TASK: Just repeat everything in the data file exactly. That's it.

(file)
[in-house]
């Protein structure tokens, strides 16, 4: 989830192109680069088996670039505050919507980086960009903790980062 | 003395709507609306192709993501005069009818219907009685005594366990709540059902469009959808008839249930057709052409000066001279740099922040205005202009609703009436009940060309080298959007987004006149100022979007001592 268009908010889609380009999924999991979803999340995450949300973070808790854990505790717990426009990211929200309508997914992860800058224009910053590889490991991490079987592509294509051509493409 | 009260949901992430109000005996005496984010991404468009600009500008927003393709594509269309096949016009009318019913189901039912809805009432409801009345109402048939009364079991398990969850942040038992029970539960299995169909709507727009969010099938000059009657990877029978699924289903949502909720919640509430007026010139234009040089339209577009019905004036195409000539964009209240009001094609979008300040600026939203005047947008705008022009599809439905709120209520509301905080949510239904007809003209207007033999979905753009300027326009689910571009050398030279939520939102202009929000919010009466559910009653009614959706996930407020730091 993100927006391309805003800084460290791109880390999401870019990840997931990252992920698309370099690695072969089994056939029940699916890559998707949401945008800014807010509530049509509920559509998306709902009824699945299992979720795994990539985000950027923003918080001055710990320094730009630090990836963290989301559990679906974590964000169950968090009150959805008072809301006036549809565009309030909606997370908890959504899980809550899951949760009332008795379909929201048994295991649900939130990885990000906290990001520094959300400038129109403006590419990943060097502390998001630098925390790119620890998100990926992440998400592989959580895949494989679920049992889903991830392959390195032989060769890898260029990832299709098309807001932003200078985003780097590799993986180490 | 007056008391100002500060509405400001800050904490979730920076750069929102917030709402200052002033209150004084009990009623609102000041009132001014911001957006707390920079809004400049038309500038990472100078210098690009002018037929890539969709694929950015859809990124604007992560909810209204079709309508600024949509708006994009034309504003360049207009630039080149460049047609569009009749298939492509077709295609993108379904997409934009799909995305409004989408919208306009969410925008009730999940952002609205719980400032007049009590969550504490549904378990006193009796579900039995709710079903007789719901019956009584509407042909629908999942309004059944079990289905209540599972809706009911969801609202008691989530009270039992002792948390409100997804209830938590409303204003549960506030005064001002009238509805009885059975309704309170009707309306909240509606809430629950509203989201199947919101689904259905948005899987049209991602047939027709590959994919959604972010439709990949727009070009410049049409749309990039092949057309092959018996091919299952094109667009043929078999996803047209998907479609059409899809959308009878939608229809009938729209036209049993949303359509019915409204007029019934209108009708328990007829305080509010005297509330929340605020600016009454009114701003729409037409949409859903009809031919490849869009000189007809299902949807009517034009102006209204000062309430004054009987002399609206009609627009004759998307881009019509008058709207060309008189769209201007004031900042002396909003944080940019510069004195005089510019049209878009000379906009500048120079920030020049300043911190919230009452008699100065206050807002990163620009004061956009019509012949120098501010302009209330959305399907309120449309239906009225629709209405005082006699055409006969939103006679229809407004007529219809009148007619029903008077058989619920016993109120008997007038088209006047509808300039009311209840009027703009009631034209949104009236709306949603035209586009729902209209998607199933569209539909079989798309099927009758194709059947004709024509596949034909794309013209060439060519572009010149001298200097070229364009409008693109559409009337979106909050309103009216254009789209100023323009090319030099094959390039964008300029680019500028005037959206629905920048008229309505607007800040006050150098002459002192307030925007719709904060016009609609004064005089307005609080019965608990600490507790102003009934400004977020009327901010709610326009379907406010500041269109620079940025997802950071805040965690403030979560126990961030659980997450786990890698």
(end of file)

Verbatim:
[in-house]
């Protein structure tokens, strides 16, 4: 989830192109680069088996670039505050919507980086960009903790980062 | 003395709507609306192709993501005069009818219907009685005594366990709540059902469009959808008839249930057709052409000066001279740099922040205005202009609703009436009940060309080298959007987004006149100022979007001592 268009908010889609380009999924999991979803999340995450949300973070808790854990505790717990426009990211929200309508997914992860800058224009910053590889490991991490079987592509294509051509493409 | 009260949901992430109000005996005496984010991404468009600009500008927003393709594509269309096949016009009318019913189901039912809805009432409801009345109402048939009364079991398990969850942040038992029970539960299995169909709507727009969010099938000059009657990877029978699924289903949502909720919640509430007026010139234009040089339209577009019905004036195409000539964009209240009001094609979008300040600026939203005047947008705008022009599809439905709120209520509301905080949510239904007809003209207007033999979905753009300027326009689910571009050398030279939520939102202009929000919010009466559910009653009614959706996930407020730091 993100927006391309805003800084460290791109880390999401870019990840997931990252992920698309370099690695072969089994056939029940699916890559998707949401945008800014807010509530049509509920559509998306709902009824699945299992979720795994990539985000950027923003918080001055710990320094730009630090990836963290989301559990679906974590964000169950968090009150959805008072809301006036549809565009309030909606997370908890959504899980809550899951949760009332008795379909929201048994295991649900939130990885990000906290990001520094959300400038129109403006590419990943060097502390998001630098925390790119620890998100990926992440998400592989959580895949494989679920049992889903991830392959390195032989060769890898260029990832299709098309807001932003200078985003780097590799993986180490 | 007056008391100002500060509405400001800050904490979730920076750069929102917030709402200052002033209150004084009990009623609102000041009132001014911001957006707390920079809004400049038309500038990472100078210098690009002018037929890539969709694929950015859809990124604007992560909810209204079709309508600024949509708006994009034309504003360049207009630039080149460049047609569009009749298939492509077709295609993108379904997409934009799909995305409004989408919208306009969410925008009730999940952002609205719980400032007049009590969550504490549904378990006193009796579900039995709710079903007789719901019956009584509407042909629908999942309004059944079990289905209540599972809706009911969801609202008691989530009270039992002792948390409100997804209830938590409303204003549960506030005064001002009238509805009885059975309704309170009707309306909240509606809430629950509203989201199947919101689904259905948005899987049209991602047939027709590959994919959604972010439709990949727009070009410049049409749309990039092949057309092959018996091919299952094109667009043929078999996803047209998907479609059409899809959308009878939608229809009938729209036209049993949303359509019915409204007029019934209108009708328990007829305080509010005297509330929340605020600016009454009114701003729409037409949409859903009809031919490849869009000189007809299902949807009517034009102006209204000062309430004054009987002399609206009609627009004759998307881009019509008058709207060309008189769209201007004031900042002396909003944080940019510069004195005089510019049209878009000379906009500048120079920030020049300043911190919230009452008699100065206050807002990163620009004061956009019509012949120098501010302009209330959305399907309120449309239906009225629709209405005082006699055409006969939103006679229809407004007529219809009148007619029903008077058989619920016993109120008997007038088209006047509808300039009311209840009027703009009631034209949104009236709306949603035209586009729902209209998607199933569209539909079989798309099927009758194709059947004709024509596949034909794309013209060439060519572009010149001298200097070229364009409008693109559409009337979106909050309103009216254009789209100023323009090319030099094959390039964008300029680019500028005037959206629905920048008229309505607007800040006050150098002459002192307030925007719709904060016009609609004064005089307005609080019965608990600490507790102003009934400004977020009327901010709610326009379907406010500041269109620079940025997802950071805040965690403030979560126990961030659980997450786990890698």